In this section we outline the purpose of the different IG’s and how they can be leveraged to implement the required CRN capabilities.

CRN and US Core: The US Core Implementation Guide is based on the ONC 2015 Edition Common Clinical Data Set (CCDS) requirements and contains profiles that are used to access the 2015 Edition data elements that are already captured by clinical care delivery systems such as EHRs. The US Core profiles have broad adoption in the real-world compartively due to the Argonaut project (consisting of multiple EHR vendors) and the ONC 2015 Edition API certification requirements.

As part of the WHT CRN project, when the data elements required to be captured overlap with the ONC 2015 Edition CCDS, the US Core profiles and their existing data element definitions should be considered due to their broad adoption in the real-world. Additionally, if the CRN systems can interface with the EHR or Care Delivery Systems capturing the CCDS data, then the WHT CRN project should consider auto-populating the instruments with data already collected to reduce the burden on the providers and care givers.

CRN and SDC The SDC IG provides a framework to use the Questionnaire and QuestionnaireResponse FHIR Resources for multiple use cases. The capabilities described in the SDC IG include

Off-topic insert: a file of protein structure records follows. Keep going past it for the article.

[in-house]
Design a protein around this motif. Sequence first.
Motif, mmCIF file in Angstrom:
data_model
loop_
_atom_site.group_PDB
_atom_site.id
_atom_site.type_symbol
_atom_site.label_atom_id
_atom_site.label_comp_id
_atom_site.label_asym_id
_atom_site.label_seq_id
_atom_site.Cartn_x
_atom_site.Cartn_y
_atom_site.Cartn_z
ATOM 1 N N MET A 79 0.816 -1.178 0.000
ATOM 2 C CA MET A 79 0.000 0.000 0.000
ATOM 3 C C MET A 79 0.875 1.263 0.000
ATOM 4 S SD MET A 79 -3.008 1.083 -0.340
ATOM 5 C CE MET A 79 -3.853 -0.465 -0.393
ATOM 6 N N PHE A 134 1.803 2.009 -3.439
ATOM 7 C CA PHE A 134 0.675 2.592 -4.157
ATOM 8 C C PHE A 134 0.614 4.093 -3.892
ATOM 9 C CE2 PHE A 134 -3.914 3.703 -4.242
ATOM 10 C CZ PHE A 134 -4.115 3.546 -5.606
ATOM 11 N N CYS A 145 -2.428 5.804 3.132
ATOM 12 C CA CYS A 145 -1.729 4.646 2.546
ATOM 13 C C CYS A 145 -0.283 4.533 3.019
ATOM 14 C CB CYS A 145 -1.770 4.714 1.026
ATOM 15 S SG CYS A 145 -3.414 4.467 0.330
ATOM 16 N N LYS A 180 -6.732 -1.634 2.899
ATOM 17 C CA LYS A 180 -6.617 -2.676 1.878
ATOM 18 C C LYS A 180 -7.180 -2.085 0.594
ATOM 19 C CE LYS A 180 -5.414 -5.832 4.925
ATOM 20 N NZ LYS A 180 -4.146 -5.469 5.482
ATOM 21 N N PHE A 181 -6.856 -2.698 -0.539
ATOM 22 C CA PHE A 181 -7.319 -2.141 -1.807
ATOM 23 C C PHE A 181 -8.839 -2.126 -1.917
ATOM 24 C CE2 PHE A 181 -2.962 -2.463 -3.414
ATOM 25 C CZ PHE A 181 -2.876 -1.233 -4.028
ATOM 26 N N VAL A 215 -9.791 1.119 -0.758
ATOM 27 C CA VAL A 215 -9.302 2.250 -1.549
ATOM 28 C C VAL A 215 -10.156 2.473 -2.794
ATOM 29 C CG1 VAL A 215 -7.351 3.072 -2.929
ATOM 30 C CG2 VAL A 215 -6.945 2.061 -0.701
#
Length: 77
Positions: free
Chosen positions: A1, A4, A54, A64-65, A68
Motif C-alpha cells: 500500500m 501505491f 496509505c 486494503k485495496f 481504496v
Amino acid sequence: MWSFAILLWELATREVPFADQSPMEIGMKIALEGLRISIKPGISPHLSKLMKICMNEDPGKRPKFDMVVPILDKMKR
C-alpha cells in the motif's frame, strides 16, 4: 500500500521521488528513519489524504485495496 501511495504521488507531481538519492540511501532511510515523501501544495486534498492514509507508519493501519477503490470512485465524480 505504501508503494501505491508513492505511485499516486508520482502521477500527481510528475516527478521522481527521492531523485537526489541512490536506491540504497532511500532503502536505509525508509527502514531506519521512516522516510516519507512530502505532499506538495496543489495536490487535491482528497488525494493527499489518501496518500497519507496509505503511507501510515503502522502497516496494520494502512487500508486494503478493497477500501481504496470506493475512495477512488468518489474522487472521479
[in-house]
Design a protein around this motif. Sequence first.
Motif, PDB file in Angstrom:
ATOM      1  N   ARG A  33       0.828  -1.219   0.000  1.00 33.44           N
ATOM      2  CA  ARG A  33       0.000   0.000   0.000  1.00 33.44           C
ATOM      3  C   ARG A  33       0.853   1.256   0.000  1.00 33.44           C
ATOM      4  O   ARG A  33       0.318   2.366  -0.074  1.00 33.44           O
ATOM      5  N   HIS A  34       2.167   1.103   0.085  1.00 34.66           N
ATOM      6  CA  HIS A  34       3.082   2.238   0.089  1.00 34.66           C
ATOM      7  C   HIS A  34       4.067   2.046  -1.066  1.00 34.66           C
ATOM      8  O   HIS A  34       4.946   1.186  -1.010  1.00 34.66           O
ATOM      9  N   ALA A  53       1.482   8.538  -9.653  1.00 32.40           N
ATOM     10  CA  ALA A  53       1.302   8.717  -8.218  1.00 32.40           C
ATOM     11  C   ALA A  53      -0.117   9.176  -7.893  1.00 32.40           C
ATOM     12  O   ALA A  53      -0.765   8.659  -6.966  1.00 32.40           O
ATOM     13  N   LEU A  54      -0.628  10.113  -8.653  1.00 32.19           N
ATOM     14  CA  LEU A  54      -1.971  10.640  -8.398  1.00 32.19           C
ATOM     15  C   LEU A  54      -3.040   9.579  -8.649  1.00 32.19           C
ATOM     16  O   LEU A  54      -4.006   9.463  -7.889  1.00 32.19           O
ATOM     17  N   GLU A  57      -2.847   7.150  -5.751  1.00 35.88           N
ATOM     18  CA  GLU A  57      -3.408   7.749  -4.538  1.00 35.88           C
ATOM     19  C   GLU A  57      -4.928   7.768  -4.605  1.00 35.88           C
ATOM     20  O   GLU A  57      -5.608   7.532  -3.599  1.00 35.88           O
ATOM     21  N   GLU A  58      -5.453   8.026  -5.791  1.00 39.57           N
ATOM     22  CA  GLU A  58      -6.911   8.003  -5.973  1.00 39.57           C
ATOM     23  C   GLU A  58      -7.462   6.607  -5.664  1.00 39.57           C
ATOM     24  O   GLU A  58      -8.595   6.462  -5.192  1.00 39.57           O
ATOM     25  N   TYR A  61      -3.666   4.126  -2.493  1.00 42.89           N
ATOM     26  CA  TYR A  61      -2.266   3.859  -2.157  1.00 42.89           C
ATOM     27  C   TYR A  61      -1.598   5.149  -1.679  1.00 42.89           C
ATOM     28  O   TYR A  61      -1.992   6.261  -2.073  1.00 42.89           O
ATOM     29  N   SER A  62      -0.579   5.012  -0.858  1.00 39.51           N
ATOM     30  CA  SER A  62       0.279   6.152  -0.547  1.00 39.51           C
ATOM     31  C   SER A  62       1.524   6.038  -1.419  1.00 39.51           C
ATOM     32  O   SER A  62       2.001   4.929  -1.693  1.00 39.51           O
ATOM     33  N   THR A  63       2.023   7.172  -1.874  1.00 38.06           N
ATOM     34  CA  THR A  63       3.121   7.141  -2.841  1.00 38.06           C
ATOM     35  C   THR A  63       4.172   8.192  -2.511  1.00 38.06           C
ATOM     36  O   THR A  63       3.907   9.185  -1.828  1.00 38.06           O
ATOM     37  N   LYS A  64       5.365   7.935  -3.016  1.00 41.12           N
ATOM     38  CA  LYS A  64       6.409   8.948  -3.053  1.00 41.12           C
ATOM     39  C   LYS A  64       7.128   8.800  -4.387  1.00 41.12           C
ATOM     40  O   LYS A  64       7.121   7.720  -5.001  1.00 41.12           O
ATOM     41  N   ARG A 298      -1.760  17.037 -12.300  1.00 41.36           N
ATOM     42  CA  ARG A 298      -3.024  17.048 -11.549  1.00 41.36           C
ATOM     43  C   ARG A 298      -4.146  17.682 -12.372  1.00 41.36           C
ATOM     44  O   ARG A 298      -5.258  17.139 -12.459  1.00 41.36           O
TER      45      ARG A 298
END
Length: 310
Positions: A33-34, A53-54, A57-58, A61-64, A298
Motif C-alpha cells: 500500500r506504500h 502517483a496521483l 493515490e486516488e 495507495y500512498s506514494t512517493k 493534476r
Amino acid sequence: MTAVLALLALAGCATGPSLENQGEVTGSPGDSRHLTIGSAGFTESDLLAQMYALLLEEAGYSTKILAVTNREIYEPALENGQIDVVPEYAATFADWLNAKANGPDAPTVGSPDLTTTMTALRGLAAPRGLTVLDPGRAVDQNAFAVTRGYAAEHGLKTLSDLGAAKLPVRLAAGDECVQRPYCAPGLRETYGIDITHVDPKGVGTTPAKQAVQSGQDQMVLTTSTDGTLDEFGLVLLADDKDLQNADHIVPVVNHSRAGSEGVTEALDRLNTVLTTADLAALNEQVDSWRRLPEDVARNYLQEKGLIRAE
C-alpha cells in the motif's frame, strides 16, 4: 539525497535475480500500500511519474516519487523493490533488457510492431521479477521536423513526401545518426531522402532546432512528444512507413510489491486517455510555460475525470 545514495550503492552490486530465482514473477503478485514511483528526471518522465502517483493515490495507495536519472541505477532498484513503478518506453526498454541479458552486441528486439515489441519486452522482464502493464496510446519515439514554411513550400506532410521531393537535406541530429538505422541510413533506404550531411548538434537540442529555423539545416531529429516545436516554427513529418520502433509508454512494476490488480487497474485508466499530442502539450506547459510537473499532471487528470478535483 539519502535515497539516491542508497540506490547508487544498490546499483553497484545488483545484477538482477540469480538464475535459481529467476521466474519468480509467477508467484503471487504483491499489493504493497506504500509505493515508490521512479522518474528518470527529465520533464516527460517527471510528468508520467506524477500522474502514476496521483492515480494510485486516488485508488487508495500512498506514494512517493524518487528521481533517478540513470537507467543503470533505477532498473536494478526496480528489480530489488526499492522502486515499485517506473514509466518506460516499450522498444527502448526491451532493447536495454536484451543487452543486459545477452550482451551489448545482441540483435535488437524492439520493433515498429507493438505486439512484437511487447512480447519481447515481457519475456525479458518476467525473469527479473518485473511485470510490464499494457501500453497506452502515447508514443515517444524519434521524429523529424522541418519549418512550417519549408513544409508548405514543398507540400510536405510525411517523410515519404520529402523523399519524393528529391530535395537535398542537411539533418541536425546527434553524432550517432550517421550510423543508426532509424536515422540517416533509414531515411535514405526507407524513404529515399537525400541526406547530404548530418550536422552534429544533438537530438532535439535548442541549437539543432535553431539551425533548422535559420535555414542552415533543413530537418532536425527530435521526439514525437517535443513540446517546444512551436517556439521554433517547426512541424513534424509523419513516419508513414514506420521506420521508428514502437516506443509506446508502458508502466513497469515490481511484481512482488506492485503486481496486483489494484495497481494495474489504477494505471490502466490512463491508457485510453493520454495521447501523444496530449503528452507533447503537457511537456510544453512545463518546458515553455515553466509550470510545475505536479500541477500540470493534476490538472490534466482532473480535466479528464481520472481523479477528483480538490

• Ability to create instruments for real-world in an interoperable manner.
  • Ability to specify display and rendering requirements for instruments
  • Ability to pre-populate instruments from existing clinical data
  • Ability to convert data collected into FHIR Resources
  • Ability to administer Adaptive Questionnaires or instruments.
  • Associating Instruments with Research protocols and Studies.

The WHT CRN project requires many of these capabilities for real-world implementation and hence WHT CRN IG will reuse the SDC IG capabilities before re-creating similar capabilities from scratch.

CRN and PRO The PRO IG provides a framework to use the Questionnaire and QuestionnaireResponse FHIR Resources for administering Patient Reported Outcome Measures and score the collected responses. Administering PRO Measures and capturing their data is an integral part of CRN requirements.

When PRO Measures need to be administered for CRN purposes, the CRN IG will reuse these capabilities from the PRO IG.

CRN and DAF-Research The DAF-Research provides a framework for researchers to access data from multiple data sources by composing queries and submitting these queries for data extraction, monitoring the status of these queries and retrieving results for the various submitted queries.

When the CRN project requires these data access capabilities, the CRN IG will reuse the capabilities from the DAF-Research IG.